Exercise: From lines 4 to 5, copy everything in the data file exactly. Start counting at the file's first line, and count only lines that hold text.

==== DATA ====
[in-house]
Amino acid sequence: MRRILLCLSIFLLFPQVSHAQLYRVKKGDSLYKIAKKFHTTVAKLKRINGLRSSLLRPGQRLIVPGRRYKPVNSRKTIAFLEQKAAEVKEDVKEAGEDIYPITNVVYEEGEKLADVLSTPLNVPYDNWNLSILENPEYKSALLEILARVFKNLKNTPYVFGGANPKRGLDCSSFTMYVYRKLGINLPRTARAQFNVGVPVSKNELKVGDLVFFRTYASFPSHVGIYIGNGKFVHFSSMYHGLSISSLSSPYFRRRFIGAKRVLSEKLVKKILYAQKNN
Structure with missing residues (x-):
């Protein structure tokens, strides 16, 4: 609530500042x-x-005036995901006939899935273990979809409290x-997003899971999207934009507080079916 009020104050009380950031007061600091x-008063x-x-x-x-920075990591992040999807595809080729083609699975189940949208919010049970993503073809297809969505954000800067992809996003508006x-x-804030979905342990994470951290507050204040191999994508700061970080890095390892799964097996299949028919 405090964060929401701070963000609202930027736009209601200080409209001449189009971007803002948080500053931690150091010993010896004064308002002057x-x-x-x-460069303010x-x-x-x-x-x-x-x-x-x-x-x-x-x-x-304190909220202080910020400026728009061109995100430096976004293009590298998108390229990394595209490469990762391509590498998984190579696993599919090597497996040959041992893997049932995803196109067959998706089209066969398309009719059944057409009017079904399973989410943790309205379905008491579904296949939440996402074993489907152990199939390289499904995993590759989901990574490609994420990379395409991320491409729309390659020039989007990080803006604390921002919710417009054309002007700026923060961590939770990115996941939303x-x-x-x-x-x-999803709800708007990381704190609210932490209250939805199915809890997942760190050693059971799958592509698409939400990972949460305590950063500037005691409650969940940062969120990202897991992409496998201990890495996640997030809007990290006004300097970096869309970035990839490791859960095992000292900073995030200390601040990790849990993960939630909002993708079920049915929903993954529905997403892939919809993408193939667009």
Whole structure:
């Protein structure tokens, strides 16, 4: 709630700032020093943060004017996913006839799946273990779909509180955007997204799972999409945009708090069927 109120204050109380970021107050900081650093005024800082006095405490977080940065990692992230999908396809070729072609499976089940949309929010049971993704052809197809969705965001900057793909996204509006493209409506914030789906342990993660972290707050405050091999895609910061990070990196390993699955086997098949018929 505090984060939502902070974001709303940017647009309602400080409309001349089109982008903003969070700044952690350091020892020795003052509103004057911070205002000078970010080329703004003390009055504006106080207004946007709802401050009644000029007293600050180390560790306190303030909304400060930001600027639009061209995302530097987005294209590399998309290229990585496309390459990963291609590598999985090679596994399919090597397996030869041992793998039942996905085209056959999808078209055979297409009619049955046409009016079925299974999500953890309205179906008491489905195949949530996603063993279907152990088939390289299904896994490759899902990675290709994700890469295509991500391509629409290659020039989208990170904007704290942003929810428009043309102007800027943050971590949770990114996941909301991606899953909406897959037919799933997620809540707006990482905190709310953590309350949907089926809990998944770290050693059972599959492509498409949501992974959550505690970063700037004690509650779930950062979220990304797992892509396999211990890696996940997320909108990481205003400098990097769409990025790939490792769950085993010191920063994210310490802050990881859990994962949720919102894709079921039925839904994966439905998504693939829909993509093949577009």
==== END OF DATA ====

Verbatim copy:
């Protein structure tokens, strides 16, 4: 609530500042x-x-005036995901006939899935273990979809409290x-997003899971999207934009507080079916 009020104050009380950031007061600091x-008063x-x-x-x-920075990591992040999807595809080729083609699975189940949208919010049970993503073809297809969505954000800067992809996003508006x-x-804030979905342990994470951290507050204040191999994508700061970080890095390892799964097996299949028919 405090964060929401701070963000609202930027736009209601200080409209001449189009971007803002948080500053931690150091010993010896004064308002002057x-x-x-x-460069303010x-x-x-x-x-x-x-x-x-x-x-x-x-x-x-304190909220202080910020400026728009061109995100430096976004293009590298998108390229990394595209490469990762391509590498998984190579696993599919090597497996040959041992893997049932995803196109067959998706089209066969398309009719059944057409009017079904399973989410943790309205379905008491579904296949939440996402074993489907152990199939390289499904995993590759989901990574490609994420990379395409991320491409729309390659020039989007990080803006604390921002919710417009054309002007700026923060961590939770990115996941939303x-x-x-x-x-x-999803709800708007990381704190609210932490209250939805199915809890997942760190050693059971799958592509698409939400990972949460305590950063500037005691409650969940940062969120990202897991992409496998201990890495996640997030809007990290006004300097970096869309970035990839490791859960095992000292900073995030200390601040990790849990993960939630909002993708079920049915929903993954529905997403892939919809993408193939667009």
Whole structure: